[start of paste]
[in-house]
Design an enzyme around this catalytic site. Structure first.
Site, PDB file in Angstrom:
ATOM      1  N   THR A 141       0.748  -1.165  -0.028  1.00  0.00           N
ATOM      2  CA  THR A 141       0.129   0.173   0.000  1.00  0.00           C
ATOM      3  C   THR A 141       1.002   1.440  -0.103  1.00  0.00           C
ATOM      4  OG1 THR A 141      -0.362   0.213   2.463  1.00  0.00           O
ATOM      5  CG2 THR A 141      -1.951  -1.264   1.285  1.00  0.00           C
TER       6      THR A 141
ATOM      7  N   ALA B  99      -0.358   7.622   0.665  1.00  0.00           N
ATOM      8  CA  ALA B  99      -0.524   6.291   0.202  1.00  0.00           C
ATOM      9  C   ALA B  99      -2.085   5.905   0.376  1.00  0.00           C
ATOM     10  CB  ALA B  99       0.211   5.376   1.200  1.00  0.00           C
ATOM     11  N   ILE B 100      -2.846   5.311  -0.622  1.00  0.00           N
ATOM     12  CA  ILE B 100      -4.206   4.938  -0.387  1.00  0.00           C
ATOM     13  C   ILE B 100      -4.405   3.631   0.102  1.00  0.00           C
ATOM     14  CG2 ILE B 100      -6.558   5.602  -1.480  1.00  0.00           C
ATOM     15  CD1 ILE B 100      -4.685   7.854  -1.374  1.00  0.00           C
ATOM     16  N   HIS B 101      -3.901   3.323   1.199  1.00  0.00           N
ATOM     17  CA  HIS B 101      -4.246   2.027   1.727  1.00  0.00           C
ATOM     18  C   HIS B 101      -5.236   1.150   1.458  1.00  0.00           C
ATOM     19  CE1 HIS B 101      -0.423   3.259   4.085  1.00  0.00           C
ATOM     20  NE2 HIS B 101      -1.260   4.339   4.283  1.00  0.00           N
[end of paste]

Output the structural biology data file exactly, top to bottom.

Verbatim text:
[in-house]
Design an enzyme around this catalytic site. Structure first.
Site, PDB file in Angstrom:
ATOM      1  N   THR A 141       0.748  -1.165  -0.028  1.00  0.00           N
ATOM      2  CA  THR A 141       0.129   0.173   0.000  1.00  0.00           C
ATOM      3  C   THR A 141       1.002   1.440  -0.103  1.00  0.00           C
ATOM      4  OG1 THR A 141      -0.362   0.213   2.463  1.00  0.00           O
ATOM      5  CG2 THR A 141      -1.951  -1.264   1.285  1.00  0.00           C
TER       6      THR A 141
ATOM      7  N   ALA B  99      -0.358   7.622   0.665  1.00  0.00           N
ATOM      8  CA  ALA B  99      -0.524   6.291   0.202  1.00  0.00           C
ATOM      9  C   ALA B  99      -2.085   5.905   0.376  1.00  0.00           C
ATOM     10  CB  ALA B  99       0.211   5.376   1.200  1.00  0.00           C
ATOM     11  N   ILE B 100      -2.846   5.311  -0.622  1.00  0.00           N
ATOM     12  CA  ILE B 100      -4.206   4.938  -0.387  1.00  0.00           C
ATOM     13  C   ILE B 100      -4.405   3.631   0.102  1.00  0.00           C
ATOM     14  CG2 ILE B 100      -6.558   5.602  -1.480  1.00  0.00           C
ATOM     15  CD1 ILE B 100      -4.685   7.854  -1.374  1.00  0.00           C
ATOM     16  N   HIS B 101      -3.901   3.323   1.199  1.00  0.00           N
ATOM     17  CA  HIS B 101      -4.246   2.027   1.727  1.00  0.00           C
ATOM     18  C   HIS B 101      -5.236   1.150   1.458  1.00  0.00           C
ATOM     19  CE1 HIS B 101      -0.423   3.259   4.085  1.00  0.00           C
ATOM     20  NE2 HIS B 101      -1.260   4.339   4.283  1.00  0.00           N